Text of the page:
If you are lucky, as I was, then eating and drinking in a way which helps your body to cope as best it might will result in quite astonishing improvements. You will probably always have to consider yourself as having a tendency to be diabetic, and either act accordingly or accept that there will be consequences.
     
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  4. 4ratbags

    4ratbags Type 2 · Well-Known Member

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    Making changes now may prevent you progressing into becoming diabetic. With the right changes it is completely possible for many. You are only at the pre diabetic range atm so now is definitely the time to start make changes.
     
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  5. Prem51

    Prem51 Type 2 · Expert

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    Welcome to the forum @AngelusMortis. You know that binge drinking isn't good for you, or anyone. Some alcoholic drinks are worse than others in terms of sugars and carbohydrates. I see you are 28, so perhaps you drink the sugary pre-mixed drinks which will contain a lot of sugar. If you do drink spirits with mixers, you should use the 'sugar free' mixers.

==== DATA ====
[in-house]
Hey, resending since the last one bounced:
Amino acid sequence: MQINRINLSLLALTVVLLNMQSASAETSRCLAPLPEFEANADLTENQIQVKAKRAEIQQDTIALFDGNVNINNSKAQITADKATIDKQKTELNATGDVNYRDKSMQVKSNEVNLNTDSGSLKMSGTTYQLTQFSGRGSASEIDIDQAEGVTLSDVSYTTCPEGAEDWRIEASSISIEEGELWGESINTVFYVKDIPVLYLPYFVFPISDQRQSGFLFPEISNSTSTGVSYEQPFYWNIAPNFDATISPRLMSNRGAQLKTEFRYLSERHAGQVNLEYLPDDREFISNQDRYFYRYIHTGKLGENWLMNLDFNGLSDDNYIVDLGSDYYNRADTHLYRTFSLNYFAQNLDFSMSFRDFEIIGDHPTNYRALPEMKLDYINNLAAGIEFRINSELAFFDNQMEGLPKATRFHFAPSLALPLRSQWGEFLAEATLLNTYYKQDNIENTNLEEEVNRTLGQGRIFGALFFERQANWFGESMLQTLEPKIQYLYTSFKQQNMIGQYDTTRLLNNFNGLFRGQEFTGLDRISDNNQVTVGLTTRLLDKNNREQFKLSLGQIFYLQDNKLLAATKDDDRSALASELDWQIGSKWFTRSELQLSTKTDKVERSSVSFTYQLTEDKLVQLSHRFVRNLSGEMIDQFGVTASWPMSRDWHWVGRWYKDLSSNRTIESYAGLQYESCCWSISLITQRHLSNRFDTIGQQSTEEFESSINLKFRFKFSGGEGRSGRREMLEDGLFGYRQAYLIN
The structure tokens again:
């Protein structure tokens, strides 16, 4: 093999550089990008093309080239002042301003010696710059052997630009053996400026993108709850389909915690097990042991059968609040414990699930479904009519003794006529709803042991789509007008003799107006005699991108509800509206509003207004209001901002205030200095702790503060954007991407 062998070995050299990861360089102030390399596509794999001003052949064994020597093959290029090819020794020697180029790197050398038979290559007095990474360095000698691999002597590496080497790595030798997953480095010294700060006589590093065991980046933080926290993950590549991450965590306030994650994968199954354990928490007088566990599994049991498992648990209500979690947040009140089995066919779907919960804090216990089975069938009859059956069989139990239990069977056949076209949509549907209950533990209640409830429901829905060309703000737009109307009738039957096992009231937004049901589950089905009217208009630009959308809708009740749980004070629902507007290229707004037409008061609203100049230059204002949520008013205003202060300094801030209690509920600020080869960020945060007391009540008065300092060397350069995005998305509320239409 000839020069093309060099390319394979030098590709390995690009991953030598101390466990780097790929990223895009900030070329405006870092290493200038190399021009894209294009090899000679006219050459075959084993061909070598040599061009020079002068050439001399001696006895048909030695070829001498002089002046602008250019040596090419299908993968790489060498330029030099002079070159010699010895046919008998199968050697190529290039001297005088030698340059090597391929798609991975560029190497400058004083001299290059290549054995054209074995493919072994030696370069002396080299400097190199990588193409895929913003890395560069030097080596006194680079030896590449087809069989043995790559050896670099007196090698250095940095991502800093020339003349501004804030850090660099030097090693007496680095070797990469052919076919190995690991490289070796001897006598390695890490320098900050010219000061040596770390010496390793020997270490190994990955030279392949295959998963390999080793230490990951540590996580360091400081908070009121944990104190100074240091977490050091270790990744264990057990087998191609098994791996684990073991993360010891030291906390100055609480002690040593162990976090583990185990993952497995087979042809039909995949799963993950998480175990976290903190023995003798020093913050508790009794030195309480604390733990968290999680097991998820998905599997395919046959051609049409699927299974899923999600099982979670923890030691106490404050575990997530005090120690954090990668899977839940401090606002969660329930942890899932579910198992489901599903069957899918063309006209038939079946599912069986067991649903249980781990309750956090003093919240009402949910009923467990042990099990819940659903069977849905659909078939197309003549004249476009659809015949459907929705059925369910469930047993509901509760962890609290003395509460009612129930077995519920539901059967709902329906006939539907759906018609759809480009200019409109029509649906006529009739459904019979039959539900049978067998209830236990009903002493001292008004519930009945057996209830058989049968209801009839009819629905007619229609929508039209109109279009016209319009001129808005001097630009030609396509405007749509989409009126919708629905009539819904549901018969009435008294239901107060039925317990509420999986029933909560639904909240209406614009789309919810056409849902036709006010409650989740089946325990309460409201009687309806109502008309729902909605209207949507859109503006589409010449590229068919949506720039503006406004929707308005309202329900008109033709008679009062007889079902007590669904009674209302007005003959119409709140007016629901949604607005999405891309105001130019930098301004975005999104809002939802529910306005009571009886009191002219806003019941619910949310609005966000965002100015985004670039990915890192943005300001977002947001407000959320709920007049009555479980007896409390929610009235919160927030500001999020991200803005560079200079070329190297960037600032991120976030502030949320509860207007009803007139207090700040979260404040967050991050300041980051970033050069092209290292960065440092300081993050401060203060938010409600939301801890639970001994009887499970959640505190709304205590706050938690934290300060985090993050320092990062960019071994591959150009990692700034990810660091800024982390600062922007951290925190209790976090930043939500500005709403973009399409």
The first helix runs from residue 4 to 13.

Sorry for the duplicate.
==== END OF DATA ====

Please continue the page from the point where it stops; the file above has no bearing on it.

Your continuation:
Beer is usually high in carbs, we call it 'liquid bread' and should be avoided. I was drinking 3-4 pints of beer most nights, before I was diagnosed, which almost certainly contributed to my becoming Type 2.
    I stick to red wine now, which is better, and occasionally neat brandy or whiskey.

    But it's not just alcohol which causes T2. You need to avoid or reduce sugary stuff and starchy carbohydrates like potatoes, bread pasta and rice. Starchy carbs turn to sugar in our bodies so aren't good for T2 diabetics or pre-diabetics.

    In a way it is good that you have been told you are pre-diabetic, and can take action to avoid becoming diabetic. I wish I had.
     
  6. daisy1